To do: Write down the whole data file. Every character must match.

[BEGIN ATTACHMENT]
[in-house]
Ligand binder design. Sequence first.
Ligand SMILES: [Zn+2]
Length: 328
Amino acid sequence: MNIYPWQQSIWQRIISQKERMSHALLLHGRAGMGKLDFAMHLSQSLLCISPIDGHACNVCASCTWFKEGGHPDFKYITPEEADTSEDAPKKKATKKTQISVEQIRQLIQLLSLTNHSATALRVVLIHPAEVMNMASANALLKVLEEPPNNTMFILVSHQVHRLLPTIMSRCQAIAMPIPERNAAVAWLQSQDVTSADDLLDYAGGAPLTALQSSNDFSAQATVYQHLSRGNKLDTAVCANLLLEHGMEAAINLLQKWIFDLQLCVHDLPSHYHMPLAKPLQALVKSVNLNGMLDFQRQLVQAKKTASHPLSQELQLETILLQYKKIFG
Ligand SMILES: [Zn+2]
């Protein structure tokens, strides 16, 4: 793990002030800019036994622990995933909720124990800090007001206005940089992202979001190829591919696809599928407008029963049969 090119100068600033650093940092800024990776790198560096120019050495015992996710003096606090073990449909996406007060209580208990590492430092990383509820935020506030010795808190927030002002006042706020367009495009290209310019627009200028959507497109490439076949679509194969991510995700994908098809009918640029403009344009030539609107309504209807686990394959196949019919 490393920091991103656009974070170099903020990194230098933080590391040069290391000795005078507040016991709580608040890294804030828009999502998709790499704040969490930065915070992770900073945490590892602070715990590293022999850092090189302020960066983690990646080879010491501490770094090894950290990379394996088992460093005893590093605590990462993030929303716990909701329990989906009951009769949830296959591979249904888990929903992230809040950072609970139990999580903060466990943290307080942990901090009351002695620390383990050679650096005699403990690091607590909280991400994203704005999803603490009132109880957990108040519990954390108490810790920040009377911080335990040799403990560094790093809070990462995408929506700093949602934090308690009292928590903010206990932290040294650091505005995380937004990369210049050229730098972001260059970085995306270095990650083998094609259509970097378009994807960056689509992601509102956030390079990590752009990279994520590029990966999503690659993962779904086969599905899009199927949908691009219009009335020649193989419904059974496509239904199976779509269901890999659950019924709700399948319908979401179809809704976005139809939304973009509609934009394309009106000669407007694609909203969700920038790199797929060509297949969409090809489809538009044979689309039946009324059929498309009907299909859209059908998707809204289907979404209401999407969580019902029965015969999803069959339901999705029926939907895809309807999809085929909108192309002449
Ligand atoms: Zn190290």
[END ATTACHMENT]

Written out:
[in-house]
Ligand binder design. Sequence first.
Ligand SMILES: [Zn+2]
Length: 328
Amino acid sequence: MNIYPWQQSIWQRIISQKERMSHALLLHGRAGMGKLDFAMHLSQSLLCISPIDGHACNVCASCTWFKEGGHPDFKYITPEEADTSEDAPKKKATKKTQISVEQIRQLIQLLSLTNHSATALRVVLIHPAEVMNMASANALLKVLEEPPNNTMFILVSHQVHRLLPTIMSRCQAIAMPIPERNAAVAWLQSQDVTSADDLLDYAGGAPLTALQSSNDFSAQATVYQHLSRGNKLDTAVCANLLLEHGMEAAINLLQKWIFDLQLCVHDLPSHYHMPLAKPLQALVKSVNLNGMLDFQRQLVQAKKTASHPLSQELQLETILLQYKKIFG
Ligand SMILES: [Zn+2]
């Protein structure tokens, strides 16, 4: 793990002030800019036994622990995933909720124990800090007001206005940089992202979001190829591919696809599928407008029963049969 090119100068600033650093940092800024990776790198560096120019050495015992996710003096606090073990449909996406007060209580208990590492430092990383509820935020506030010795808190927030002002006042706020367009495009290209310019627009200028959507497109490439076949679509194969991510995700994908098809009918640029403009344009030539609107309504209807686990394959196949019919 490393920091991103656009974070170099903020990194230098933080590391040069290391000795005078507040016991709580608040890294804030828009999502998709790499704040969490930065915070992770900073945490590892602070715990590293022999850092090189302020960066983690990646080879010491501490770094090894950290990379394996088992460093005893590093605590990462993030929303716990909701329990989906009951009769949830296959591979249904888990929903992230809040950072609970139990999580903060466990943290307080942990901090009351002695620390383990050679650096005699403990690091607590909280991400994203704005999803603490009132109880957990108040519990954390108490810790920040009377911080335990040799403990560094790093809070990462995408929506700093949602934090308690009292928590903010206990932290040294650091505005995380937004990369210049050229730098972001260059970085995306270095990650083998094609259509970097378009994807960056689509992601509102956030390079990590752009990279994520590029990966999503690659993962779904086969599905899009199927949908691009219009009335020649193989419904059974496509239904199976779509269901890999659950019924709700399948319908979401179809809704976005139809939304973009509609934009394309009106000669407007694609909203969700920038790199797929060509297949969409090809489809538009044979689309039946009324059929498309009907299909859209059908998707809204289907979404209401999407969580019902029965015969999803069959339901999705029926939907895809309807999809085929909108192309002449
Ligand atoms: Zn190290």